Enhancing the Early Reading Skills: Examining the Print Features of Preschool Children’s Book

  •  Ozlem Cetin    
  •  Neslihan Bay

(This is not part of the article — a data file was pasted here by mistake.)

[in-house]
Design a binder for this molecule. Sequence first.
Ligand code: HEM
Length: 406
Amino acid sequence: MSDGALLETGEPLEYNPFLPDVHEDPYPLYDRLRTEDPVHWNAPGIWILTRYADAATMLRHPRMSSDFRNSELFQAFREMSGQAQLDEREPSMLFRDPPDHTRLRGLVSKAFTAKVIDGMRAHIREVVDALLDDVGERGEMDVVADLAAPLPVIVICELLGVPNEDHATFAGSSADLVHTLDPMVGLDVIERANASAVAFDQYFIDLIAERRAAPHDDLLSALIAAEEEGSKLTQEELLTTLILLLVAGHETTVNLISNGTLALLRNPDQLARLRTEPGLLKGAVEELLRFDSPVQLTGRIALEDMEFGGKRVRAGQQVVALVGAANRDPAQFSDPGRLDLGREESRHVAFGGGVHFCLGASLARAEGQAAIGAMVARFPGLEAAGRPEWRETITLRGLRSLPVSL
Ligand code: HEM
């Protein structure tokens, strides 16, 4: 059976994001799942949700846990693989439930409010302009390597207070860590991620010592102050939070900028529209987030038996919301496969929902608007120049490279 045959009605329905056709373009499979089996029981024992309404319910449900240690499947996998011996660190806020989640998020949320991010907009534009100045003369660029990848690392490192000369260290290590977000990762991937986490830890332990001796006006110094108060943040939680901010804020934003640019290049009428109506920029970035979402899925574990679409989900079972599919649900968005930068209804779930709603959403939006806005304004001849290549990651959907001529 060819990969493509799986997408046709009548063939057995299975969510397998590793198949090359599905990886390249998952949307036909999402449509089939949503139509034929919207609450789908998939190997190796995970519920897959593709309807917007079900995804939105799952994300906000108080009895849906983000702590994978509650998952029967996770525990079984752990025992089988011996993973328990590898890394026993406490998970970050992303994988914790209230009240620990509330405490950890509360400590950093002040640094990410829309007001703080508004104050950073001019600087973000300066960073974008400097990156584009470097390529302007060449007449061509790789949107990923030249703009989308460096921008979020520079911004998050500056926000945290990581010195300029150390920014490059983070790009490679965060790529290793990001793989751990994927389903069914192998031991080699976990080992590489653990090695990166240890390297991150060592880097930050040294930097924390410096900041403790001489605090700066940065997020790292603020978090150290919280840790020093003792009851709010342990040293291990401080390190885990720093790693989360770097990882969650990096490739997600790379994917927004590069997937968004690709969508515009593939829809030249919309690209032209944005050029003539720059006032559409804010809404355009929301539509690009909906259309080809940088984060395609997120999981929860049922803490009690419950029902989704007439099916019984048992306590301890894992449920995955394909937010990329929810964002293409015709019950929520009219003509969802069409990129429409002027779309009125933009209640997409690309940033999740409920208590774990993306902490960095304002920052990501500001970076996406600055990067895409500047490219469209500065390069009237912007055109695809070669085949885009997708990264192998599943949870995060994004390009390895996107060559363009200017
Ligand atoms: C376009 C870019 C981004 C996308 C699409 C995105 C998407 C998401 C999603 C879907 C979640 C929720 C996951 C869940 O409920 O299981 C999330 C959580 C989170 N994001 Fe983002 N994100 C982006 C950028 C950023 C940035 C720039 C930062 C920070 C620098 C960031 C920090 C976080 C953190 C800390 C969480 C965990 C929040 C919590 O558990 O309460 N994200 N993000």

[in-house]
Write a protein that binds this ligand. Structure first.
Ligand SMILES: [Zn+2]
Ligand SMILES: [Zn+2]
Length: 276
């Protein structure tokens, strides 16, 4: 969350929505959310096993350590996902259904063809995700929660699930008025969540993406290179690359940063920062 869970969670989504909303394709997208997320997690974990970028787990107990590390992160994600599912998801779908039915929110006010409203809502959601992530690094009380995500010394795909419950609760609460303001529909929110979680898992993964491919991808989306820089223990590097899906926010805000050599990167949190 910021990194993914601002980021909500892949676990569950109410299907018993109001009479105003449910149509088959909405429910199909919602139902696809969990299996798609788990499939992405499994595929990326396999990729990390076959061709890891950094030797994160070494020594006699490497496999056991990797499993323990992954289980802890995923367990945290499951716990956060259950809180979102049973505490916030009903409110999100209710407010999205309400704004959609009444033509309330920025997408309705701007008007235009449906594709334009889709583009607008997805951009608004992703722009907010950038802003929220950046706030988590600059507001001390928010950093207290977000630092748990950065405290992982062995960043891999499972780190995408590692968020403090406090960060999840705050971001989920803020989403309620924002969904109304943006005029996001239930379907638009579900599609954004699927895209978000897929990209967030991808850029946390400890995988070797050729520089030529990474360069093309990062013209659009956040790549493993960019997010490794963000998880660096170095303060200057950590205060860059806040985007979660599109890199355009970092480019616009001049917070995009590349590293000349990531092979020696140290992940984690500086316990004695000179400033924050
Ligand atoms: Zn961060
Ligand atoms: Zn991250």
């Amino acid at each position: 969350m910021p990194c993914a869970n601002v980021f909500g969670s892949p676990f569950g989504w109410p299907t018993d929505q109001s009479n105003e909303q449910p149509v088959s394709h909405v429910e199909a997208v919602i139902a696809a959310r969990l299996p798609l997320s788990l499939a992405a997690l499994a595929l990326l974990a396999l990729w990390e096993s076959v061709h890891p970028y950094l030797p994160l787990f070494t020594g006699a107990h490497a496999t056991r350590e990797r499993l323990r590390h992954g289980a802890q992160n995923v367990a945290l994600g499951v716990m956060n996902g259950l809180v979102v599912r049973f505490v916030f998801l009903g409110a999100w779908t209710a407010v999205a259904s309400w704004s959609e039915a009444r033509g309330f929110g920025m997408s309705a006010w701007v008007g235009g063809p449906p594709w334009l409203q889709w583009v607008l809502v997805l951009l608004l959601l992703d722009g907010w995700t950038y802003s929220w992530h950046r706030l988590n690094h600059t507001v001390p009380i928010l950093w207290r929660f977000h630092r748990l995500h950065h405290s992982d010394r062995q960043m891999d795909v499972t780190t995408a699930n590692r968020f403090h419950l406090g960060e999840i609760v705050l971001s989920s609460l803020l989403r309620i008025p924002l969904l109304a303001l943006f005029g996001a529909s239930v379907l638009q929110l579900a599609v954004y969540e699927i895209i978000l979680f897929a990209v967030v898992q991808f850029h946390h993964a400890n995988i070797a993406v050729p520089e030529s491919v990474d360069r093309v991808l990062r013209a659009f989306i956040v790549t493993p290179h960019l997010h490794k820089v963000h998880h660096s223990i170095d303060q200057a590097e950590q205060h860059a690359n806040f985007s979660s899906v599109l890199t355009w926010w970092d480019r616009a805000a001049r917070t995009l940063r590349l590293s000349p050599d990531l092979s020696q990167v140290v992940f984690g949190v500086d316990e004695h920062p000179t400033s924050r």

The purpose of this study is to examine the uses of print features in preschool children’s books in the US and Turkey, in order to helping adults to understand print features and supporting children’s print awareness. In this context, two hundred children’s books was randomly selected from the US and Turkey. Document analysis was used for examining the children’s books. For the analysis of how to use print features, this study used coding systems adapted from McCarier, Pinnel, and Fountas (2000) and Zucker, Ward, and Justice (2009). After identifying children’s book literature as concept books, theme collections, rhythm’s books of language, and story books, we evaluated print features of books according to six features: labeling/environmental print, visible speech, visible sound, letters in isolation, font changes, and bold or unique fonts in the coding system. Findings of this study showed that examining children’s books in the US contains more print features than examining children’s books in Turkey.

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